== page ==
A monument to the heroes of the Nicaraguan Revolution

A monument to the heroes of the Nicaraguan Revolution

But I found not all the figurative depictions unpleasant. The Nahua oxcart is a scary procession of life-sized skeletons. Still a bit cheesy but it left an impression with me. The style reminded me a bit of the adventure game Grim Fandango. The story behind the Nahua Oxcart is, that when the conquistadores came over to the new world, they brought carts with them, which were unknown to the indigenous people. The rattling of the vehicles scared the nature folks and they came to connect the sound with oncoming death.

By the way: If you want to see skilful depictions of the old Nicaraguan folk tales, have a look at the murals in the entrance square. There are some fantastic mosaics.

And, as I learned later on my trip through León, it is quite common to sign your name when entering a museum here. So maybe I jumped a bit too hastily to my devil’s contract conclusion. On the other hand, in the night after my visit, I have had the most intense and terrifying nightmares of my whole life. Agony and pain, paired with sleeping paralysis, a formless twilight zone without forms, seemingly endless torment. One of those nights where you wake up screaming, turn on the light and have to assure yourself for a couple of minutes that you are truly out of it.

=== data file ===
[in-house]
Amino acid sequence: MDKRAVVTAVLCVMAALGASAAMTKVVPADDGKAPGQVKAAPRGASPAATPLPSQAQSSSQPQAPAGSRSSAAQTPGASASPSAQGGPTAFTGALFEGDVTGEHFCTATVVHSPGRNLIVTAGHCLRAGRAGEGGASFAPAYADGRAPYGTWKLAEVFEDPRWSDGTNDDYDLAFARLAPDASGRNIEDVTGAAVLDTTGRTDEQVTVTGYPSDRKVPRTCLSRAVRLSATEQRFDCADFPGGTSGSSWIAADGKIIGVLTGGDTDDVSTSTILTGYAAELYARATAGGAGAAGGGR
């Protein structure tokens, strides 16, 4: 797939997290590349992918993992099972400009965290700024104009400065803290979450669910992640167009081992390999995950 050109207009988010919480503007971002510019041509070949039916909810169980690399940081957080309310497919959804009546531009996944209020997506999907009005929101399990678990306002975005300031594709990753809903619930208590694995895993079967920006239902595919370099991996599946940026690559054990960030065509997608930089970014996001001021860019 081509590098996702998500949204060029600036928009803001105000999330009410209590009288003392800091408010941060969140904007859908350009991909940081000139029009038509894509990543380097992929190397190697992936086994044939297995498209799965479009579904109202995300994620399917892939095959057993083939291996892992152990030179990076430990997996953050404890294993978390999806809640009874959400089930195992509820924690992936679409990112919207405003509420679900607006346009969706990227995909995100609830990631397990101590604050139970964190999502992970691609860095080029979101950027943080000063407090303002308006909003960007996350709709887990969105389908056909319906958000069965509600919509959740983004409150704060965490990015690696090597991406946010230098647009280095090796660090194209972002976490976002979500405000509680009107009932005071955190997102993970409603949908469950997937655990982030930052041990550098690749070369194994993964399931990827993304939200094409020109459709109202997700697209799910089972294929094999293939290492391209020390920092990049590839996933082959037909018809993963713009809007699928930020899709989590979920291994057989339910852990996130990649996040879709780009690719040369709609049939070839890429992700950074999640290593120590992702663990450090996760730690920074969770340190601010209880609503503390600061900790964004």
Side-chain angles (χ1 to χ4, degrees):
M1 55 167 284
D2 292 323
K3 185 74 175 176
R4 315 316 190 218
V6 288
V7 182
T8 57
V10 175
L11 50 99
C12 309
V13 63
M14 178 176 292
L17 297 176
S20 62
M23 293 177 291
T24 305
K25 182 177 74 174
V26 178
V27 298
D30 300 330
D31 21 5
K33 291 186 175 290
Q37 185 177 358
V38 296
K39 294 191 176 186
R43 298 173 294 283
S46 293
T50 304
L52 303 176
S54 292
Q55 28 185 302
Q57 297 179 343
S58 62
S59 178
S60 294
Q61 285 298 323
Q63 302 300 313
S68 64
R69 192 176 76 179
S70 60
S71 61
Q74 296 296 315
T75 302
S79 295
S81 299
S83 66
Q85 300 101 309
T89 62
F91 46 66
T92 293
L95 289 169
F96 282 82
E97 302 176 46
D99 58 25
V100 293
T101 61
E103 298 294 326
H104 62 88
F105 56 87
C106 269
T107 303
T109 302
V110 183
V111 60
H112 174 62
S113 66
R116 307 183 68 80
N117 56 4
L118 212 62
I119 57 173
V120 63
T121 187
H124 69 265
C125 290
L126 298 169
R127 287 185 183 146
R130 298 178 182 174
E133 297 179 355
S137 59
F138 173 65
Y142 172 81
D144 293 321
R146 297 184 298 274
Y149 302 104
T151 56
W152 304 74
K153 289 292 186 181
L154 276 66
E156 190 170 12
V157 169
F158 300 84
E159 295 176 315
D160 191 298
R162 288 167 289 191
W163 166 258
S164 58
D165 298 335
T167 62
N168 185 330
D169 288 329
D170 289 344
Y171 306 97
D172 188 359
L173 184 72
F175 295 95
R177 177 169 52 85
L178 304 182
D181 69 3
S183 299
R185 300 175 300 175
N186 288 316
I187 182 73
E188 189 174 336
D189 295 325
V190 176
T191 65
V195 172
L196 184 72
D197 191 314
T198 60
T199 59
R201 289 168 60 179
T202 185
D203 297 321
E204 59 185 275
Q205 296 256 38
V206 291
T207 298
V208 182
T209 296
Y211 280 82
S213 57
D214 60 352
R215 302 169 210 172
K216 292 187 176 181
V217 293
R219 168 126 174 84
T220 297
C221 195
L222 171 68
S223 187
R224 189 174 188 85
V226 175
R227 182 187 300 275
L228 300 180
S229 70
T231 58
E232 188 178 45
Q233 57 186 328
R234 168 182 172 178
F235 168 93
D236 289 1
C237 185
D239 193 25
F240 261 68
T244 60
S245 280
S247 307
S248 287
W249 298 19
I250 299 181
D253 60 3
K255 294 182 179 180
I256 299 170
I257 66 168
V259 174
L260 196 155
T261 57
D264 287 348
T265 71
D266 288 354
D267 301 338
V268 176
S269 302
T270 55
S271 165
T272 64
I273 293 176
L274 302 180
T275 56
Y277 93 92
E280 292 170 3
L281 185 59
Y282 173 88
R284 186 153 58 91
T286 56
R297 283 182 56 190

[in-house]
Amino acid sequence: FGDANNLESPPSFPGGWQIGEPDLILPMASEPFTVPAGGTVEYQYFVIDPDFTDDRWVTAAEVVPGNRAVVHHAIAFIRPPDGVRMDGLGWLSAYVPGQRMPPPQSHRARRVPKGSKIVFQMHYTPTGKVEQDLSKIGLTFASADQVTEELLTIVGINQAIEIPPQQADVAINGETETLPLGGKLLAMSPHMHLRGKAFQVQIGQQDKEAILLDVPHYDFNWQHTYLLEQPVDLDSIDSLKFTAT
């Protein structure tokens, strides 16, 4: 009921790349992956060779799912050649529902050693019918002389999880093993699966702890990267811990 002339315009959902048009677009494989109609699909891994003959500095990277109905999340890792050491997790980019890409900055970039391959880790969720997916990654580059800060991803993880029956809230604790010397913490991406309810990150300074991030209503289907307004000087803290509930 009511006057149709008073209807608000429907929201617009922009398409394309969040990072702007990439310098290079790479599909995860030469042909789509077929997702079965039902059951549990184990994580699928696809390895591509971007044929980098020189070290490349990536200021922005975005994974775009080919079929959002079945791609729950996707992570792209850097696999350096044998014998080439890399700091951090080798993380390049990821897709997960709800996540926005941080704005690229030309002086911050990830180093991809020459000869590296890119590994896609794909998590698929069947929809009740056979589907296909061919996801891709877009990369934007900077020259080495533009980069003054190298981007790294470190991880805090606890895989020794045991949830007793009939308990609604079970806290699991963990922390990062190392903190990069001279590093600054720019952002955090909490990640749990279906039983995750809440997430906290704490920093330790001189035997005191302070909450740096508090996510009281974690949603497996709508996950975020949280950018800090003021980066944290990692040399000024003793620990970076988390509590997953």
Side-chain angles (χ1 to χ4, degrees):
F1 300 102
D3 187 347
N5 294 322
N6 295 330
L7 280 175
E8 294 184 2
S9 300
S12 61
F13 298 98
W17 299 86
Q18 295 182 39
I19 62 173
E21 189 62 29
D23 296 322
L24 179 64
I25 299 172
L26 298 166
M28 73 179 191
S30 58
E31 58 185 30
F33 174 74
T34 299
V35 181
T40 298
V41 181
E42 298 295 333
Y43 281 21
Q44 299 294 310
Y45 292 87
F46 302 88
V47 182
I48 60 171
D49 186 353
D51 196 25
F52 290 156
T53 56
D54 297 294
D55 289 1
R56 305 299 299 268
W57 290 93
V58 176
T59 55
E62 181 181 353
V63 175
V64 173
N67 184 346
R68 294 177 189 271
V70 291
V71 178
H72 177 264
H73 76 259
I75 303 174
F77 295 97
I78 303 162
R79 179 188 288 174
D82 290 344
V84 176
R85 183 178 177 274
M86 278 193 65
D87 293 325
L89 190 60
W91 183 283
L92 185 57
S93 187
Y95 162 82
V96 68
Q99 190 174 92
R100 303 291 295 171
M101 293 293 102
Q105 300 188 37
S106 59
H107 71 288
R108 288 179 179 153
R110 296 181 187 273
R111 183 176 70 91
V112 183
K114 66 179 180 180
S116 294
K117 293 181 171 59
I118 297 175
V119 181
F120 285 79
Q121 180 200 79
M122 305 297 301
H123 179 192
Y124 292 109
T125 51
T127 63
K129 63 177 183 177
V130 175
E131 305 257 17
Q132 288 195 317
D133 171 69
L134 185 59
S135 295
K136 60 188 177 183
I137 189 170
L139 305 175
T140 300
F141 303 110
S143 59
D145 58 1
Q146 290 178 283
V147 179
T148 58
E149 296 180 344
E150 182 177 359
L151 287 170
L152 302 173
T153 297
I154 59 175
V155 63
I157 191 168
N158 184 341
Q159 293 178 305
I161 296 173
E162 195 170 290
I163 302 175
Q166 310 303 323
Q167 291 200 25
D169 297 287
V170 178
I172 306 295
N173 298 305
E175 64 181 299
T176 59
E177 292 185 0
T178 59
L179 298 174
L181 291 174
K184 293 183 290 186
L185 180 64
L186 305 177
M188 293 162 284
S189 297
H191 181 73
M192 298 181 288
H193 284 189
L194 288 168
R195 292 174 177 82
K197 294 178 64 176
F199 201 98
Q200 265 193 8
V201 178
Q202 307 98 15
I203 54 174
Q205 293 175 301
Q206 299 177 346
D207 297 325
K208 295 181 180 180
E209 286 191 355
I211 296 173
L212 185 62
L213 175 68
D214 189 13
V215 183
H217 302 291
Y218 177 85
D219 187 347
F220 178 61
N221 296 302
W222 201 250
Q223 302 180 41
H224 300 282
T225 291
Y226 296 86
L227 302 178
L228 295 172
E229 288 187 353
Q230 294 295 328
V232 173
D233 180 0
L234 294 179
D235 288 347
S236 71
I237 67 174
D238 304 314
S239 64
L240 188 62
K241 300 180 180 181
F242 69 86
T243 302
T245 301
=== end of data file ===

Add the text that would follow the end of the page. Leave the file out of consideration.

Anyway, thumbs up for the Museo de Tradiciones y Leyendas in León, truly one of the must-sees there.

Get there
Standing in front of the León Cathedral, walk three blocks south. When you see a fenced ruin (Iglesia San Sebastián), turn right.

Opening times
Monady to Sunday: 8:00 am – 5:00 pm

Admission Price
50 Cordoba

Notes from a Walk Through León, Nicaragua

Rust red roofs on top of one story stone buildings, sometimes washed out, sometimes freshly painted in colours of detergent ads, never dull. Dozens of black cables knotted together, chaotic strings supplying the homes and shops with unreliable power. The wires are fixed to poles with metal scraps sticking out, waiting to scratch the arms of inattentive passersby.

Iglesia La Recolleción

Iglesia La Recolleción

La Recolección (1786)